Larry Ellison wants to get into your car. But safety advocates are concerned about what might happen when software from his firm rides shotgun.

On Thursday,


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announced it's working on applications that will allow motorists to tell their cars to check email, access corporate databases and even research customer information, all while driving, and have the information "read" back to them.

Driving Growth

Oracle is pushing its effort with


, a joint initiative of


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, formed to tap into a market dubbed "telematics." Telematics integrates wireless telecommunications and computing technology with automobiles and is projected to grow to a $42 billion market by 2010.

The companies say these capabilities will be installed in 2003 models from Ford and


, and will hit the market in mid-2002. Users likely will sign up for a subscription-like package that will allow them to access the service inside the car as well as through other electronic devices outside the car.

General Motors

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already has been pushing its in-car


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system for some time, though Oracle and Wingcap say their applications will trump that system with two-way capabilities.

"Virtually every application that Oracle makes is going to be voice-enabled and accessible from your automobile," Ellison said during a conference call to tout the new initiative. "With your hands on the wheel and your eyes on the road, you'll be able to, for example, receive new leads and opportunities, make new telephone calls and respectively link up with new customers."

Safety Debate

Driving safety advocates, who already have taken on cell-phone use in cars and won a major victory last month when New York prohibited the use of hand-held cell phones while driving, cried foul when presented with the idea of a rolling office on Thursday.

"Oh, that's absolutely frightening," says Patricia Pena, founder of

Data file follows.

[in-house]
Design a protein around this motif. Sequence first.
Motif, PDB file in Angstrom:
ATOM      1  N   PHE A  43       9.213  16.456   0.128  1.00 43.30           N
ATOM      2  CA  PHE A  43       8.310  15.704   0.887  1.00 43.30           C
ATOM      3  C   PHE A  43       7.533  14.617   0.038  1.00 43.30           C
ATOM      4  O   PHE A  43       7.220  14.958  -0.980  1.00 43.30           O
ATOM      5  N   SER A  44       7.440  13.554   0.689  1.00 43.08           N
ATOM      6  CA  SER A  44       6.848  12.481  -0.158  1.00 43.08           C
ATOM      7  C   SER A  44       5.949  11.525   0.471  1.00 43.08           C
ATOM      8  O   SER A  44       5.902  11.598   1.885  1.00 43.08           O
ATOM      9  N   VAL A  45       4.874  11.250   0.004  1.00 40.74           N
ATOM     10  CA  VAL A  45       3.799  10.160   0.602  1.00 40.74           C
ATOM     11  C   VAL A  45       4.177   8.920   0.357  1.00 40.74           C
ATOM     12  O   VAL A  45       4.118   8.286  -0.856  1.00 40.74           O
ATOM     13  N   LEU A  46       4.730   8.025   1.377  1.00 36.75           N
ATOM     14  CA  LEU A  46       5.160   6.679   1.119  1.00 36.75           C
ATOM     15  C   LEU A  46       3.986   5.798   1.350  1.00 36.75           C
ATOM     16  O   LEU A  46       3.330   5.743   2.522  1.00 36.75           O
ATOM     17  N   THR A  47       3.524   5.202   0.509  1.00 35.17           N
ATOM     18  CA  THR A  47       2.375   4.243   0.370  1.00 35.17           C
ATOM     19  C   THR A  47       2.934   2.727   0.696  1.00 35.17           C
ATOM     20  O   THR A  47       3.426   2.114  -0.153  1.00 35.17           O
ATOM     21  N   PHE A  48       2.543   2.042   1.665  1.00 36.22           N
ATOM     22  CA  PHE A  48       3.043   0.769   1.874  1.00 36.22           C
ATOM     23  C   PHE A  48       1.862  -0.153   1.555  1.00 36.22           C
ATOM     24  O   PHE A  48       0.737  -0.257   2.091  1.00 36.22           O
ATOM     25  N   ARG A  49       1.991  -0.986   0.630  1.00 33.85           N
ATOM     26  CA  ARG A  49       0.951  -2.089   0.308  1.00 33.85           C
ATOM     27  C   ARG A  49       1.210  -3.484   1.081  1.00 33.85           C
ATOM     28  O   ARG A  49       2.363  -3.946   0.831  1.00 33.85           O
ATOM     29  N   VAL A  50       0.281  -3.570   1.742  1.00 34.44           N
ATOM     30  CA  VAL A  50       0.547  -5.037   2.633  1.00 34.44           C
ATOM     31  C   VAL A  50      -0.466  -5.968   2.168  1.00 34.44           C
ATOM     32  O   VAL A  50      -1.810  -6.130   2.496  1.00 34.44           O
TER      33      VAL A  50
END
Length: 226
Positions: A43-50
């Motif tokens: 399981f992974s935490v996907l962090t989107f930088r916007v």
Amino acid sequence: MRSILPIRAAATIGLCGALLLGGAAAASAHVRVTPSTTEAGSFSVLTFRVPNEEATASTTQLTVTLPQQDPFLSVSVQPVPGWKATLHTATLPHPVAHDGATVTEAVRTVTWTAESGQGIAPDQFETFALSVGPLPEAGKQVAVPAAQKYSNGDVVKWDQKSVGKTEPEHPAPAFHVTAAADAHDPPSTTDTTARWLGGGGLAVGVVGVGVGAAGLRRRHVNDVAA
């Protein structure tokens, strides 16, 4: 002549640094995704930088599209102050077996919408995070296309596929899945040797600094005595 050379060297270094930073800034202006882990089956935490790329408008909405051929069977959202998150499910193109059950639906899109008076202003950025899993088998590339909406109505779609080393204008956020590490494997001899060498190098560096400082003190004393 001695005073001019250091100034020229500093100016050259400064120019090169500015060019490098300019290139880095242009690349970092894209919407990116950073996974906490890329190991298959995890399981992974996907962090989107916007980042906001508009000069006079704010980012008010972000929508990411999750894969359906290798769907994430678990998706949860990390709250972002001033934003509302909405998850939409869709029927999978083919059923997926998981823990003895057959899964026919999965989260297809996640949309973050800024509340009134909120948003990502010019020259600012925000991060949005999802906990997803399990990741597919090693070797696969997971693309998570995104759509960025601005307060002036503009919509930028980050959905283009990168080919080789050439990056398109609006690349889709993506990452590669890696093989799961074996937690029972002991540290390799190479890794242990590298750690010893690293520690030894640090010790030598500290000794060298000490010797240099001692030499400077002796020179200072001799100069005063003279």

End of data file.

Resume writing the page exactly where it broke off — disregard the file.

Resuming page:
Advocates for Cell Phone Safety

, whose 2-year-old daughter was killed by a driver using a cell phone. "Do you want the driver of your children multitasking while he's behind the wheel?"

Ellison said a major focus of the initiative would be in bringing the firm's customer relationship management and sales force automation software to the automobile for salespeople who are constantly on the road. And, he said that because the systems will be built into the cars themselves, they'll be a safer alternative to current gadgets.

"I'd rather have a salesperson driving along listening to an email message and keeping his or her hands on the wheel and eyes on the road than messing around with a handheld cell phone or flipping through some papers beside him," Ellison says.

Harel Kodesh, CEO of Wingcast, said a driver's first responsibility is to operate the vehicle safely, and that his firm's products are designed to help do that, not cause distraction.

"We need to make sure the information and the services we build promote freedom so that people can access information through a multitude of devices. Drivers cannot be distracted. They need really to operate the vehicle as the first task," Kodesh said.

There is scant scientific evidence either way that the use of cell phones and other electronic devices while driving actually causes accidents. One study conducted at the

University of North Carolina

found that adjusting the CD player was much more likely to cause an accident than gabbing on a cell phone. That study has been derided, however, because it surveyed people who had been in accidents and who may have been wary to admit they were using a cell phone.

"You can have your hands on the wheel and your eyes on the road, but if your mind is on your email, you're distracted," says Frances Bents, a former analyst with the

National Highway Traffic Safety Administration

who studies crashes and cell phones for

Dynamic Science

, an Annapolis, Md., research firm. "Driving is an activity that requires vigilance and judgment. Neither of those is available to a driver whose mind is elsewhere."

That might describe a time-pressed salesman who's analyzing the buying trends of his biggest customer on the way to a must-close sales meeting. But Oracle's Ellison says his software will only help that person by making him feel more prepared and less rushed.

"Time will be saved, and safety will be served," Ellison says.

For Oracle's sake, and the safety of drivers everywhere, we can only hope.